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Two Latinas Confronted Jeff Flake After He Announced He’d Back Supreme Court Nominee Brett Kavanaugh

After a day of heated testimony and questioning in the hearings regarding U.S. Supreme Court nominee Brett Kavanaugh and his accuser Dr. Christine Blasey  Ford, two Latinas made it their business to ensure that the stories of sexual assault survivors no longer fell on deaf ears. In a brazen confrontation addressing Arizona Republican Sen. Jeff Flake over his statements in support for Kavanaugh’s confirmation, the two women admonished him for ignoring the voices of Kavanaugh’s victims and thus the millions of women across the country who have come forward with their personal stories of sexual assault.

In the ultimate curveball of the week, the two women seemed to have influenced the senator’s decision.

The two women confronted Flake soon after a statement he made in  support of Kavanaugh was made public.

Ana Maria Archila of Queens, NY and Maria Gallagher from Westchester, NY confronted Flake during a break from the hearings as he was attempting to access an elevator. The two women furiously blocked the set of elevator doors from closing as Sen. Flake stood inside, forcing him to listen to their stories of surviving sexual assault and demanding that he answer their questions.

“You’re telling me my assault doesn’t matter. You’re letting people who do these things into power. That’s what you’re telling me when you vote for him,” Gallagher told Flake as he attempted to dodge looking at her as she spoke. “Don’t look away from me,” Gallagher said to Flake as she confronted him from outside of the elevator. You can hear the tears in her voice as she continues. “Look at me and tell me that it doesn’t matter what happened to me, that you will let people like that go into the highest court of the land and tell everyone what they can do to their bodies.”

As an aid to Flake attempted to get the women to leave with “thank yous” and “it’s time to goes,” Archila jumped into address Flake directly herself.

“What you are doing is allowing someone who actually violated a woman to sit on the Supreme Court. This is not tolerable. You have children in your family. Think about them. I have two children,” Archila said to Flake. “I cannot imagine that for the next 50 years they will have to have someone in the Supreme Court who has been accused of violating a young girl. What are you doing, sir?”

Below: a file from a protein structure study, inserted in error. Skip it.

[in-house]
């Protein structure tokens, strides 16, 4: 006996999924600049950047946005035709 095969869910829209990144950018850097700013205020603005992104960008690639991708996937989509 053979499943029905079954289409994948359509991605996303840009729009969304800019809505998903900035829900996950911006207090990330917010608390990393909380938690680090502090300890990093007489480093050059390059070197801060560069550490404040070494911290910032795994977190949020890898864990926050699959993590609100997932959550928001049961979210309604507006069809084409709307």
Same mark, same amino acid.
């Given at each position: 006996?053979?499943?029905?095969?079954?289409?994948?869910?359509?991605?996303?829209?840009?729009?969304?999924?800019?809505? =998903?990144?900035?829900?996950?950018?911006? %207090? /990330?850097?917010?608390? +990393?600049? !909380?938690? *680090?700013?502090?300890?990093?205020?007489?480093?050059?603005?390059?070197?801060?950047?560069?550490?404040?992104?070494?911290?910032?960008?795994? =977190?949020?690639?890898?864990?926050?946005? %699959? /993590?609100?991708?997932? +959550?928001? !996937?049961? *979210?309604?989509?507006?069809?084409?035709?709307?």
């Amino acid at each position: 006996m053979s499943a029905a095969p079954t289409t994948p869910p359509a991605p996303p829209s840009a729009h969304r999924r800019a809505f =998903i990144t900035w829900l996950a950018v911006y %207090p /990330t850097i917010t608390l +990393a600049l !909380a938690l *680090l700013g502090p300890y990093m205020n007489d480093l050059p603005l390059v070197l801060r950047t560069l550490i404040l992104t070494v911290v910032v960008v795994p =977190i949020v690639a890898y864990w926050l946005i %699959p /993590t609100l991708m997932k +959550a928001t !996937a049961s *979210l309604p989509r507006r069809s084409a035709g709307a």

A bio about Archila on the Center for Popular Democracy of which she is a Co-Executive Director says that she emigrated from Colombia to the United States when she was 17, and now works to push for for racial and economic justice as well as immigrant rights in New York and across the country. The bio highlights Archila’s work as an advocate for “multi-racial alliance of immigrants, African Americans and white working class communities working to advance an agenda of racial and economic justice.”

Gallagher’s activism and background has yet to be made public, but a representative of  the Center for Popular Democracy said that she is not affiliated with the organization but that she is clearly “a passionate person.”

In an interview with ABC News, Archila explained that she “went to Jeff Flake’s office because I think of him as someone who sometimes chooses his conscience over his party… We weren’t really willing to let him go without actually looking at us and forcing him to listen to our stories and making him understand the gravity of the message he was sending to the country.”

After the confrontation  Flake requested a one-week delay on their decision so the F.B.I. could investigate the accusations against him.

After an abrupt closed-door meeting between Republicans on the Judiciary Committee and Republican leader Senator Mitch McConnell, Flake announced he would support the final confirmation of Kavanaugh under the condition that the the F.B.I. was allowed an opportunity to investigate the allegations.


Read: Mexico’s President-Elect Kissed A Women Reporter On The Cheek Instead of Answering Her Questions

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The Spanish ‘Star-Spangled Banner’ Is Being Shared To Honor Hispanic Workers Fighting COVID-19

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The Spanish ‘Star-Spangled Banner’ Is Being Shared To Honor Hispanic Workers Fighting COVID-19

There’s no denying that the world looks a lot different now than it did in 1947. And while the list of all of the positive changes that the decades stretching between now and then have done for the world and minorities, a recent campaign is also highlighting the ways in which our current president could take some notes on certain values the United States held dear during this time. Particularly ones that had been pressed for by one of our former presidents.

As part of Franklin D. Roosevelt’s “Good Neighbor Policy” effort, he worked to promote positive and healthy relations between the United States in Latin American countries.